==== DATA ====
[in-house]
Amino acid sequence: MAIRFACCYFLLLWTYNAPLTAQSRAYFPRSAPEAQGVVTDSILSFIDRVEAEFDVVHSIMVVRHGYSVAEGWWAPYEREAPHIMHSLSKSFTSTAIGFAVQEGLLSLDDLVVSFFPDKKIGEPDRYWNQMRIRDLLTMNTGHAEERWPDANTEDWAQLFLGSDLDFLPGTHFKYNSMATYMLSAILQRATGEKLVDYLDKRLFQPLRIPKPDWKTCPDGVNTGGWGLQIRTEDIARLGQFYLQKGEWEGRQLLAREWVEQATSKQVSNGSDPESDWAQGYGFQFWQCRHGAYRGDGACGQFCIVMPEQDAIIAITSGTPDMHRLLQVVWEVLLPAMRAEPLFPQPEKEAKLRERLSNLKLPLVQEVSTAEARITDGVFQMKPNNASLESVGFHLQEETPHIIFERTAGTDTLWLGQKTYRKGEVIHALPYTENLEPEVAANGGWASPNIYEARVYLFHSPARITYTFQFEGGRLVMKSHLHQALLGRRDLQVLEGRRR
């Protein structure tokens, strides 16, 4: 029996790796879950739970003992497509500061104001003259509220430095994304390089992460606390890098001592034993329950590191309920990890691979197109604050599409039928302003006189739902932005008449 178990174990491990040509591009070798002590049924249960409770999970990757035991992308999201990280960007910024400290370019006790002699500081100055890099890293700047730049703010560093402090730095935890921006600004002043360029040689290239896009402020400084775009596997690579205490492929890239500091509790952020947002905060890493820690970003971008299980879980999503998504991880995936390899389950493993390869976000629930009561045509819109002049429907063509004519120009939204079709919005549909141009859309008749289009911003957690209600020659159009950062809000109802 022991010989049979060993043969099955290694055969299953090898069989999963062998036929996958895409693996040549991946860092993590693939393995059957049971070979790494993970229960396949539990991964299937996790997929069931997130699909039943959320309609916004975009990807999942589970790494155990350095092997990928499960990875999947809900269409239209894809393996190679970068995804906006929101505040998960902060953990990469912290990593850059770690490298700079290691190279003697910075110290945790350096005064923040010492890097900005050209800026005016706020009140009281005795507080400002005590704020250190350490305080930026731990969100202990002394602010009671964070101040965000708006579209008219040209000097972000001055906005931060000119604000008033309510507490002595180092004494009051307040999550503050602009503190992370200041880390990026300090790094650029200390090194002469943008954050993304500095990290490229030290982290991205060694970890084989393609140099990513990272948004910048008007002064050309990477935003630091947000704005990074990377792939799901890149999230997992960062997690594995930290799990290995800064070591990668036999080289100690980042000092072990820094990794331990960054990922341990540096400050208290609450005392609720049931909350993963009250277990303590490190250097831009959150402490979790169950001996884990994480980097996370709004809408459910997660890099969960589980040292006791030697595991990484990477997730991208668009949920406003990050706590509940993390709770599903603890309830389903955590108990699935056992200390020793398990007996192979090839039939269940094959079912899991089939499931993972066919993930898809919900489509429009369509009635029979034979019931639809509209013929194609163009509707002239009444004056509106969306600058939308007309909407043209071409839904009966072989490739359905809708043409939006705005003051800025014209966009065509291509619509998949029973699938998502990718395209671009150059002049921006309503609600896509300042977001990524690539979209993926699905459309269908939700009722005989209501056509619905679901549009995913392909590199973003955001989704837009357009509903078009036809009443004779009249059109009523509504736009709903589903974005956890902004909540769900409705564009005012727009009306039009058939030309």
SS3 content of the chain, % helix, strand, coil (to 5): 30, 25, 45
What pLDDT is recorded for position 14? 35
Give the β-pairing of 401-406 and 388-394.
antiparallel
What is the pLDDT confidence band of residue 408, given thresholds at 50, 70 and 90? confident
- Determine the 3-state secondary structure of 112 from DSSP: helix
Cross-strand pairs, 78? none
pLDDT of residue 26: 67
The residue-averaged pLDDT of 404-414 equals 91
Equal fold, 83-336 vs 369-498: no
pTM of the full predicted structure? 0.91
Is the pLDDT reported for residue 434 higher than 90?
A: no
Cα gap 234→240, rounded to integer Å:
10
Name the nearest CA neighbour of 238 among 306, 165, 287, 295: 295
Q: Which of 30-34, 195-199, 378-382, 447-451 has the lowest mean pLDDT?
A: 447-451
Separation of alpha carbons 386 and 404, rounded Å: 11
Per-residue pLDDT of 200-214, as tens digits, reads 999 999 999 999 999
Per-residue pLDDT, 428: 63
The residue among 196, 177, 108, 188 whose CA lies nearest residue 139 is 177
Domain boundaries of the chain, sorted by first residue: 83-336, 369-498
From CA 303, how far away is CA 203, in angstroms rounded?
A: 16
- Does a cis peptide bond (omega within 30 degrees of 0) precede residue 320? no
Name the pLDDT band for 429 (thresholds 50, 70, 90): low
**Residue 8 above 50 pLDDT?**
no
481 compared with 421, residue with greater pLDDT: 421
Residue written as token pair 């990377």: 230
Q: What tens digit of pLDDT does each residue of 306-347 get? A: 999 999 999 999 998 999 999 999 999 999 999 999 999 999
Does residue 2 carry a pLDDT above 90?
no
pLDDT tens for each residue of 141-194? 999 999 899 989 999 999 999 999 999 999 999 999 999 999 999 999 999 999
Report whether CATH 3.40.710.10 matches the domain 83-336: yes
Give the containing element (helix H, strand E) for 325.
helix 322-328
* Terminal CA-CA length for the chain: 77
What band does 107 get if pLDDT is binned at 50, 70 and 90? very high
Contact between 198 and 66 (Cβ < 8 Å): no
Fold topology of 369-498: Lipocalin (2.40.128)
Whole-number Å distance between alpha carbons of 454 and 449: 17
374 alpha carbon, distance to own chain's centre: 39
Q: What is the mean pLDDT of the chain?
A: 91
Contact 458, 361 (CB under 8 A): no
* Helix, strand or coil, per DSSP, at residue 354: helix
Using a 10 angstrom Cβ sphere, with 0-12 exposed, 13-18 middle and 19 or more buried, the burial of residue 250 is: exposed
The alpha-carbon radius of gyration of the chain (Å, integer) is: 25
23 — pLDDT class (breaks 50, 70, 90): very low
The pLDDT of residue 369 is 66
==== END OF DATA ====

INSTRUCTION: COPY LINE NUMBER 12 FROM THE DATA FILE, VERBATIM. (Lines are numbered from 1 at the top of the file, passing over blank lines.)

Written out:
The residue-averaged pLDDT of 404-414 equals 91